(TLN) On May 8, a motion tabled in the National Assembly by the Liberal MNA for Bourassa-Sauvé, requesting the Committee on Citizen Relations acknowledge the petition concerning the fight against planned obsolescence and the right to repair, was unanimously rejected by members of the CAQ government.
The adoption of the motion, supported by all the opposition parties, would have allowed four experts to be heard on the subject.
As proposed by the PQ MNA for Jonquière, they were Jonathan Mayer, lecturer at Sherbrooke University and the instigator of Bill 197 in connection with the petition, Martin Masse, founder of Zone Accro, Insertec Angus, and the Institute of the Environment, Sustainable Development and Circular Economy.
Petition by Ouellette
It might be recalled that a significant number of people from across the province supported the initiative by 51 law students from Sherbrooke University. In Fact, 45,028 citizens signed a petition tabled on April 2 by Guy Ouellette, the National Assembly Member for Chomedey.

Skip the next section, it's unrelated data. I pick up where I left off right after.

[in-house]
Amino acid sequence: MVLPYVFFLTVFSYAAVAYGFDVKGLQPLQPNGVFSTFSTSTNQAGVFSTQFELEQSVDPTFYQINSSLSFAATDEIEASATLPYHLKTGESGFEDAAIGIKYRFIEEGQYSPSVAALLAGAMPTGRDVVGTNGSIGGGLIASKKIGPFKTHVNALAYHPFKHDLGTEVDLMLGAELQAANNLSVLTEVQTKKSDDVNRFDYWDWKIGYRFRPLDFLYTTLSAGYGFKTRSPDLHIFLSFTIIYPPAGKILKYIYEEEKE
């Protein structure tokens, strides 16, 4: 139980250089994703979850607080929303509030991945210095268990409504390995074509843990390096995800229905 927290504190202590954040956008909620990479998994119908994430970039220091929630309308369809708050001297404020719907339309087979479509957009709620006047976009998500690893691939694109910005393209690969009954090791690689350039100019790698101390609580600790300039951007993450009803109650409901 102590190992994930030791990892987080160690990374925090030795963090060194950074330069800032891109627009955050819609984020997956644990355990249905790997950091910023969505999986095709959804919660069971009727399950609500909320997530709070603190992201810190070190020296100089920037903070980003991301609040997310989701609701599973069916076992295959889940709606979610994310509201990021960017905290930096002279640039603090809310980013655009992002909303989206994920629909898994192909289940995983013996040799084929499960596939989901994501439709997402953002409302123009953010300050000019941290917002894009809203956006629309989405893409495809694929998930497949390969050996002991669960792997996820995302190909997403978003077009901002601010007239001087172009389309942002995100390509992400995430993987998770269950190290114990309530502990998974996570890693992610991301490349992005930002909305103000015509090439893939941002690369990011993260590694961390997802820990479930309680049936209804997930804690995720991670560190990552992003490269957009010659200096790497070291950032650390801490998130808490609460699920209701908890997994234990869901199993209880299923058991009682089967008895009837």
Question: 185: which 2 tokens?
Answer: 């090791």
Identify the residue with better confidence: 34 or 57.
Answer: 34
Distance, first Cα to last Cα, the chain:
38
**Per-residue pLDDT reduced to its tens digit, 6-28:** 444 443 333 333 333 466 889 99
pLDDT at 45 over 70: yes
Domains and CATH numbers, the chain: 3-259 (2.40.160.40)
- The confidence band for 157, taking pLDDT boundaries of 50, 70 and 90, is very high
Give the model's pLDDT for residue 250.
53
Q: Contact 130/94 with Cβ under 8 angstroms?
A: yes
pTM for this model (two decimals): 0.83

Mr. Ouellette said he was deeply disappointed with the decision made by the government members of the Commission. The MNA for Chomedey added that “the adoption of this motion would have allowed Bill 197 to go a long way, which aims, among other things, to combat planned obsolescence and promote the right to repair.”
Against planned obsolescence
Bill 197 against planned obsolescence and the right to repair, which was tabled on April 9, aims to amend the Consumer Protection Act to ensure greater sustainability of consumer products. This Bill was completed by law students at Sherbrooke University with the help of their teacher, Jonathan Mayer, as part of a judicial interpretation course.
Planned obsolescence is a business tactic whereby manufacturers reduce the life of their products in order to speed up the replacement cycle. These practices force over-consumption and have significant and direct impact on the environment as well as the budget of Quebec consumers.